BACKGROUND: Survey by the commission for cross-sectoral ophthalmology, as a joint commission of the German Ophthalmological Society (DOG) and the Professional Association of German Ophthalmologists (BVA) on the effects of the SARS-CoV­2 pandemic on ophthalmological patient care in Germany. METHODS: Online-based survey. RESULTS: A total of 1190 questionnaires were (partly) answered. With respect to outpatient care and consultations from 15 March to 15 April 2020, a total of 69 (5.8%) participants indicated unlimited, 756 (63.5%) reduced and 330 (27.7%) emergency care only, independent of the type of institution. Outpatient surgery was restricted to emergency surgery in 68% of clinics, 42.0% of inpatient wards, 45.0% of surgical medical care centers and group practices and 33.0% of private practices. Inpatient procedures were limited to emergency care in 75.0% of inpatient wards and in 71.0% of clinics. With the exception of endophthalmitis (+8.2%), the number of urgent indications and emergencies declined: retinal detachment (-34.8%), perforating eyeball injuries (-7.3%), acute glaucoma (-17.8%), central retinal artery occlusion and anterior ischemic optic neuropathy (-31.0%), others (-30.9%), penetrating keratoplasty and amniotic membrane transplantation (-59.1%). Institutional or professional policy requirements (76.0%) and appointment cancellation by patients (84.0%) were the most common reasons for limitations in ophthalmic patient care. CONCLUSION: The initial phase of the pandemic was characterized by a massive reduction in non-urgent conservative and surgical treatment that affected all areas of ophthalmology. Due to intensive care capacities required for COVID-19 patients, inpatient treatment was largely restricted to emergencies. Treatment of ophthalmological patients, including ocular emergencies and urgent treatment, was maintained across all sectors with a (considerable) decrease in the number of cases even in these groups.


Subject(s)
Coronavirus Infections/epidemiology , Ophthalmologic Surgical Procedures/statistics & numerical data , Ophthalmology/trends , Patient Care/trends , Pneumonia, Viral/epidemiology , Betacoronavirus , COVID-19 , Germany/epidemiology , Humans , Pandemics , SARS-CoV-2
20.
J Am Coll Cardiol ; 76(11): 1318-1324, 2020 09 15.
Article in English | MEDLINE | ID: covidwho-720576

ABSTRACT

BACKGROUND: ST-segment elevation myocardial infarction (STEMI) is a fatal cardiovascular emergency requiring rapid reperfusion treatment. During the coronavirus disease-2019 (COVID-19) pandemic, medical professionals need to strike a balance between providing timely treatment for STEMI patients and implementing infection control procedures to prevent nosocomial spread of COVID-19 among health care workers and other vulnerable cardiovascular patients. OBJECTIVES: This study evaluates the impact of the COVID-19 outbreak and China Chest Pain Center's modified STEMI protocol on the treatment and prognosis of STEMI patients in China. METHODS: Based on the data of 28,189 STEMI patients admitted to 1,372 Chest Pain Centers in China between December 27, 2019 and February 20, 2020, the study analyzed how the COVID-19 outbreak and China Chest Pain Center's modified STEMI protocol influenced the number of admitted STEMI cases, reperfusion strategy, key treatment time points, and in-hospital mortality and heart failure for STEMI patients. RESULTS: The COVID-19 outbreak reduced the number of STEMI cases reported to China Chest Pain Centers. Consistent with China Chest Pain Center's modified STEMI protocol, the percentage of patients undergoing primary percutaneous coronary intervention declined while the percentage of patients undergoing thrombolysis increased. With an average delay of approximately 20 min for reperfusion therapy, the rate of in-hospital mortality and in-hospital heart failure increased during the outbreak, but the rate of in-hospital hemorrhage remained stable. CONCLUSIONS: There were reductions in STEMI patients' access to care, delays in treatment timelines, changes in reperfusion strategies, and an increase of in-hospital mortality and heart failure during the COVID-19 pandemic in China.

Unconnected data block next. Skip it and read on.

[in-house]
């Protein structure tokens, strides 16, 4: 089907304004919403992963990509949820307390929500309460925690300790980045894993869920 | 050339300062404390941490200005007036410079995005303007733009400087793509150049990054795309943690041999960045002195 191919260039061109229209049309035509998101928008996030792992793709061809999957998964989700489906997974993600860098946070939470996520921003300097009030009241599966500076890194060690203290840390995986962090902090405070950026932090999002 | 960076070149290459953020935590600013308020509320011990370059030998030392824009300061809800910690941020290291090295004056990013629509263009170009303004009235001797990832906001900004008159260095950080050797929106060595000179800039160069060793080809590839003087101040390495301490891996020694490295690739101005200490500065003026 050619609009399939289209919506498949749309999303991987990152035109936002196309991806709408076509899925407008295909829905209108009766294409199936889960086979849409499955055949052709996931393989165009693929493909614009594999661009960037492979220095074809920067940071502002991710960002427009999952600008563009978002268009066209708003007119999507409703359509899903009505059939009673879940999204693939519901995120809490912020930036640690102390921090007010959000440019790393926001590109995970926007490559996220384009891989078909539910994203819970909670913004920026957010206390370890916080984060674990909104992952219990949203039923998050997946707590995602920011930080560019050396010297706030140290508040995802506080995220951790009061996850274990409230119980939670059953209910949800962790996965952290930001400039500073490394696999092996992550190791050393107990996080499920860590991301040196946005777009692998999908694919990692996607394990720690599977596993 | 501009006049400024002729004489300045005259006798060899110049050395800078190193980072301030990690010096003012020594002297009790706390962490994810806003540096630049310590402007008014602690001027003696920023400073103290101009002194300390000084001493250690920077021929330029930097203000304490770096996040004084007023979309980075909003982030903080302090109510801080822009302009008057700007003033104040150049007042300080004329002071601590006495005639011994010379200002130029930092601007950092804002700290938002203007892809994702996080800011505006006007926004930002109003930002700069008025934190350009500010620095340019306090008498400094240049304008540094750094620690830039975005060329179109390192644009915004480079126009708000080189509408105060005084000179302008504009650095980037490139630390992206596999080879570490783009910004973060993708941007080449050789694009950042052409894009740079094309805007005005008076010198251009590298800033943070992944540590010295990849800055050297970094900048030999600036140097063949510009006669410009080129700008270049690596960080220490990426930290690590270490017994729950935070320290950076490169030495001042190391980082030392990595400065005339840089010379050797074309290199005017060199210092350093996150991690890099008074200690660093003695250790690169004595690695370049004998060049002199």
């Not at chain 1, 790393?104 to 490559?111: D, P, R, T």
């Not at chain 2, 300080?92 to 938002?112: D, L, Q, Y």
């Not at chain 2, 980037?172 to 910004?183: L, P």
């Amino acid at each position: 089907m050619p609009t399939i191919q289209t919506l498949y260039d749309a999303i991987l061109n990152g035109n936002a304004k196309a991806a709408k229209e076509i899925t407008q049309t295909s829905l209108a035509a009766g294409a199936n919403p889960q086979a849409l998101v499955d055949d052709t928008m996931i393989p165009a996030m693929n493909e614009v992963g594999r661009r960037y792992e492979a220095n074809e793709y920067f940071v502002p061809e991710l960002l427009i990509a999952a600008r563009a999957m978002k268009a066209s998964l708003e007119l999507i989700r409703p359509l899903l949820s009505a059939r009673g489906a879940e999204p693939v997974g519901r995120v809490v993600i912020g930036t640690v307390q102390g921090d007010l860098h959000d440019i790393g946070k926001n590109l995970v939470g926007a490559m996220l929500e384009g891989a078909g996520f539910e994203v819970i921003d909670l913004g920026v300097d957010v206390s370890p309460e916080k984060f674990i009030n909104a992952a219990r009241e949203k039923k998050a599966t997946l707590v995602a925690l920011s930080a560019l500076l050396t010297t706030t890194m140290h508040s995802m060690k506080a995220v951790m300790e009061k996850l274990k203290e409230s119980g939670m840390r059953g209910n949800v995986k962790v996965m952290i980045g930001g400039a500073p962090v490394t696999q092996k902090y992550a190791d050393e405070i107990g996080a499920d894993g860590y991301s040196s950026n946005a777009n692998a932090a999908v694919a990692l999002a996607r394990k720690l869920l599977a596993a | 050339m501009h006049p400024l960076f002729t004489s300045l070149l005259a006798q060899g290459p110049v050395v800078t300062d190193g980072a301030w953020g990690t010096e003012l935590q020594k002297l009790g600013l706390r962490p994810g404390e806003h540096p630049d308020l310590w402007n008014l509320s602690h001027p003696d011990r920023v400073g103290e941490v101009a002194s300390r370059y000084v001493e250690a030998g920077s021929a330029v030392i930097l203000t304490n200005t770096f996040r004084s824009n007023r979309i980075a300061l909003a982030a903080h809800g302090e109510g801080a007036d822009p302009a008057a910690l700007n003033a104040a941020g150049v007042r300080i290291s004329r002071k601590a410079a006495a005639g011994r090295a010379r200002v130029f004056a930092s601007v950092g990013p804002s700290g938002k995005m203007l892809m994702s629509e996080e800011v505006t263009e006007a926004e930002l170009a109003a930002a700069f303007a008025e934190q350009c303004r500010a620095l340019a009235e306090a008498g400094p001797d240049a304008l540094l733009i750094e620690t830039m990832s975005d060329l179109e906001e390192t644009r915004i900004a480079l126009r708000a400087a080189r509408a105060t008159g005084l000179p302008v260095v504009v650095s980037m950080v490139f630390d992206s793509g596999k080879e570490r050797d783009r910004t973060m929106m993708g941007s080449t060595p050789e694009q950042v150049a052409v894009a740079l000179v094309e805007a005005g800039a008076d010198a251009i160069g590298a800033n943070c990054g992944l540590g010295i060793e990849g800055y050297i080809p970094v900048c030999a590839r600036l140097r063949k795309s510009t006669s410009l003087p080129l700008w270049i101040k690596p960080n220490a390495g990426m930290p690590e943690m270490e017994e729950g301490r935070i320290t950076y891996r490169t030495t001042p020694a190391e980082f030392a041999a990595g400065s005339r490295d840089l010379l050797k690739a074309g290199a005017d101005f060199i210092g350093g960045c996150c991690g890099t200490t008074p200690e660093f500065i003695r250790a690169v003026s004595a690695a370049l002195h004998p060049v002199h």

Subject(s)
Coronavirus Infections , Infection Control , Pandemics , Percutaneous Coronary Intervention , Pneumonia, Viral , ST Elevation Myocardial Infarction , Thrombolytic Therapy , Betacoronavirus , COVID-19 , China/epidemiology , Coronary Angiography/methods , Coronary Angiography/statistics & numerical data , Coronavirus Infections/epidemiology , Coronavirus Infections/prevention & control , Female , Heart Failure/epidemiology , Heart Failure/etiology , Hospital Mortality , Hospitalization , Humans , Infection Control/methods , Infection Control/organization & administration , Male , Middle Aged , Organizational Innovation , Outcome and Process Assessment, Health Care , Pandemics/prevention & control , Patient Care/methods , Patient Care/trends , Percutaneous Coronary Intervention/methods , Percutaneous Coronary Intervention/statistics & numerical data , Pneumonia, Viral/epidemiology , Pneumonia, Viral/prevention & control , SARS-CoV-2 , ST Elevation Myocardial Infarction/complications , ST Elevation Myocardial Infarction/mortality , ST Elevation Myocardial Infarction/therapy , Thrombolytic Therapy/methods , Thrombolytic Therapy/statistics & numerical data
SELECTION OF CITATIONS
SEARCH DETAIL